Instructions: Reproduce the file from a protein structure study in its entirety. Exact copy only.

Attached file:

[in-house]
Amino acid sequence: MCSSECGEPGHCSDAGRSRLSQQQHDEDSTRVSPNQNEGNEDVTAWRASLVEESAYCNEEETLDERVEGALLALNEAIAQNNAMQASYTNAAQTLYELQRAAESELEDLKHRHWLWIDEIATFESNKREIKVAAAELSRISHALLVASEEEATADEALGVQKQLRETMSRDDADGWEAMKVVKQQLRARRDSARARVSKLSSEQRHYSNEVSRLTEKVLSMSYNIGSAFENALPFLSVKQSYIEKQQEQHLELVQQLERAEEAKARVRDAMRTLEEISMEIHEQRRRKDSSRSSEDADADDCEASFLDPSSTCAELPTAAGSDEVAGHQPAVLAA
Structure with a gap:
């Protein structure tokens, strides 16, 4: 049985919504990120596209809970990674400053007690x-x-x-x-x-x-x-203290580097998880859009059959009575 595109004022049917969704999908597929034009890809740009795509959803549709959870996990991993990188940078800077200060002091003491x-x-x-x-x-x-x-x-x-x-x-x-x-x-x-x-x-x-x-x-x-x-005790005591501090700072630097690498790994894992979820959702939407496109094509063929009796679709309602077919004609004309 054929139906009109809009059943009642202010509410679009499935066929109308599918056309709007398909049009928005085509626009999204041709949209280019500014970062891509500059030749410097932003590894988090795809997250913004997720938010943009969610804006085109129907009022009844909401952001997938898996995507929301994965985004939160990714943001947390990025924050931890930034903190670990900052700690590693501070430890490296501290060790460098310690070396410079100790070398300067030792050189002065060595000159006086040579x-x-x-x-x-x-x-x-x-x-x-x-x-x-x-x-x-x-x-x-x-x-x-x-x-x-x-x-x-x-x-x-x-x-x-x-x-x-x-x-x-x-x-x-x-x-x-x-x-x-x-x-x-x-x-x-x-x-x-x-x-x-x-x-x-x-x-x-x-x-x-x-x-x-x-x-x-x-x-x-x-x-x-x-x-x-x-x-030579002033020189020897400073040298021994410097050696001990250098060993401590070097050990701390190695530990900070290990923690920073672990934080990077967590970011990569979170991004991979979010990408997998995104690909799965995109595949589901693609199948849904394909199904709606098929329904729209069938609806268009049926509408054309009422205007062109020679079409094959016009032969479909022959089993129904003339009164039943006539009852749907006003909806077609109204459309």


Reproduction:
[in-house]
Amino acid sequence: MCSSECGEPGHCSDAGRSRLSQQQHDEDSTRVSPNQNEGNEDVTAWRASLVEESAYCNEEETLDERVEGALLALNEAIAQNNAMQASYTNAAQTLYELQRAAESELEDLKHRHWLWIDEIATFESNKREIKVAAAELSRISHALLVASEEEATADEALGVQKQLRETMSRDDADGWEAMKVVKQQLRARRDSARARVSKLSSEQRHYSNEVSRLTEKVLSMSYNIGSAFENALPFLSVKQSYIEKQQEQHLELVQQLERAEEAKARVRDAMRTLEEISMEIHEQRRRKDSSRSSEDADADDCEASFLDPSSTCAELPTAAGSDEVAGHQPAVLAA
Structure with a gap:
């Protein structure tokens, strides 16, 4: 049985919504990120596209809970990674400053007690x-x-x-x-x-x-x-203290580097998880859009059959009575 595109004022049917969704999908597929034009890809740009795509959803549709959870996990991993990188940078800077200060002091003491x-x-x-x-x-x-x-x-x-x-x-x-x-x-x-x-x-x-x-x-x-x-005790005591501090700072630097690498790994894992979820959702939407496109094509063929009796679709309602077919004609004309 054929139906009109809009059943009642202010509410679009499935066929109308599918056309709007398909049009928005085509626009999204041709949209280019500014970062891509500059030749410097932003590894988090795809997250913004997720938010943009969610804006085109129907009022009844909401952001997938898996995507929301994965985004939160990714943001947390990025924050931890930034903190670990900052700690590693501070430890490296501290060790460098310690070396410079100790070398300067030792050189002065060595000159006086040579x-x-x-x-x-x-x-x-x-x-x-x-x-x-x-x-x-x-x-x-x-x-x-x-x-x-x-x-x-x-x-x-x-x-x-x-x-x-x-x-x-x-x-x-x-x-x-x-x-x-x-x-x-x-x-x-x-x-x-x-x-x-x-x-x-x-x-x-x-x-x-x-x-x-x-x-x-x-x-x-x-x-x-x-x-x-x-x-030579002033020189020897400073040298021994410097050696001990250098060993401590070097050990701390190695530990900070290990923690920073672990934080990077967590970011990569979170991004991979979010990408997998995104690909799965995109595949589901693609199948849904394909199904709606098929329904729209069938609806268009049926509408054309009422205007062109020679079409094959016009032969479909022959089993129904003339009164039943006539009852749907006003909806077609109204459309």